NASHVILLE, Tenn. (AP) — Several voter registration organizations are asking a judge to stop Tennessee’s new restrictions for signing up voters from taking effect in October, saying the law has already curtailed their ability to enroll voters in communities of color and other historically disenfranchised groups.
In a Nashville federal court filing Friday, the Lawyers’ Committee for Civil Rights Under Law wrote that Tennessee’s new law has left the groups that filed the lawsuit with the choice of either halting or significantly scaling back voter registration efforts ahead of the 2020 elections because of the financial risks and exposure to possible criminal prosecution.
The law is likely the first nationally to fine groups for too many incomplete registration forms. It also includes misdemeanor charges for other intentional infractions of new rules. Only paid groups could be penalized under the law, though the legal filing contends the distinction is unclear due to the groups’ use of grant money and stipends for workers in certain cases.
The lawsuit was filed in May on behalf of the NAACP state conference, The Equity Alliance, The Andrew Goodman Foundation and Democracy Nashville-Democratic Communities, which in particular are dedicated to expanding voting rights for African-Americans, other minorities and students. It alleges infringement on First and Fourteenth Amendment rights.
Another federal challenge of the law by the American Civil Liberties Union and other groups is also pending.
“Not only does this law create hurdles that prevent us from helping our community register to vote, it intimidates our members so that they do not want to become officers of the TN NAACP or the local units because they fear criminal penalties and civil fines if they are required to carry out a civic engagement plan that includes voter registration, which they all do,” wrote Gloria Jean Sweet-Love, Tennessee State Conference of the NAACP president, in an accompanying filing.
Republican Secretary of State Tre Hargett has argued adding penalties will bolster election security. His office declined to comment on the pending litigation.
In pushing for the bill, Hargett’s office had noted that many of the 10,000 registrations submitted in and around Memphis last year by the Tennessee Black Voter Project on the last day for registering were filled out incorrectly.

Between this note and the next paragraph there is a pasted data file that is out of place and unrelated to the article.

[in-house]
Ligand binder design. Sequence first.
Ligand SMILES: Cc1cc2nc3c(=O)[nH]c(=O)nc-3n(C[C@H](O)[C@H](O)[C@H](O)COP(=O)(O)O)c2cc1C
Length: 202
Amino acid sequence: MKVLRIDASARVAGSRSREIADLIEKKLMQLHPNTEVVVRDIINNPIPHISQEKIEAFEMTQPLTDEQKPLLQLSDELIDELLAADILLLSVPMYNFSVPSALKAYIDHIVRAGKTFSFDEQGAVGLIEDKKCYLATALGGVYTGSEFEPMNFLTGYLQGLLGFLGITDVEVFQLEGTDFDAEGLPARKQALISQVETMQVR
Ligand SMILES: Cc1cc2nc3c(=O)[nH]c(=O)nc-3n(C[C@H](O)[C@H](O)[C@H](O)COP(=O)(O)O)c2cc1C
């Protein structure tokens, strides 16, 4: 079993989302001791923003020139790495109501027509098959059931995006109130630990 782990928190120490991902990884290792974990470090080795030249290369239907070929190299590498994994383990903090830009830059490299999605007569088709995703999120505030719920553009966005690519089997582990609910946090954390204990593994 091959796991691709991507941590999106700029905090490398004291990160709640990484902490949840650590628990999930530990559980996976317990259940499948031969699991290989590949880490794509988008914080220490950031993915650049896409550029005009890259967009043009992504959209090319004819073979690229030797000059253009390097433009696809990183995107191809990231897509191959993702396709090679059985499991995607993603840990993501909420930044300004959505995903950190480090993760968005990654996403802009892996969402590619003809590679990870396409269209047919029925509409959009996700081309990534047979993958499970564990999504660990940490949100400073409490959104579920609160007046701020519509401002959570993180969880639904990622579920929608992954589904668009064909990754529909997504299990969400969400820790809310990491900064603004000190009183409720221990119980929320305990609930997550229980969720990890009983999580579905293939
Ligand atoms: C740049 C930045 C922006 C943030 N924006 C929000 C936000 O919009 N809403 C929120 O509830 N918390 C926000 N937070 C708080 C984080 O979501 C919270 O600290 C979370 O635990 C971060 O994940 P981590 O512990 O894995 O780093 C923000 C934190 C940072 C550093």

Under the new law, the state can fine groups that submit 100 or more incomplete voter registration forms that lack a name, address, date of birth, declaration of eligibility or signature. Penalties can reach $10,000 per county where violations occur if more than 500 incomplete forms are submitted. The law also outlaws out-of-state poll watchers.
The misdemeanor penalties could kick in if groups intentionally turn in forms after new deadlines, pay people based on quotas, fail to fill out state registration, don’t undergo training, and more.
A class A misdemeanor is punishable by up to almost a year in jail and up to $2,500 in fines.
Some of the groups that sued wrote that they could need a compliance officer to help them navigate the law, but don’t have the money to pay for it.
Additionally, some worried that their funding could be in jeopardy. Democracy Nashville-Democratic Communities may not pursue any funding that requires registering voters due to the law, according to a court filing. And The Equity Alliance worries grants might become harder to get, despite Tennessee’s dismal rankings in voter participation metrics.
“Another major concern is that, in light of the new law, national organizations that have been the source of much of our funding may be hesitant to fund Tennessee voter registration efforts,” Charlane Oliver, co-founder and board president of The Equity Alliance, wrote in an accompanying filing. “In light of the risk of criminal and civil penalties, they may think it will be less risky to dedicate funding elsewhere.”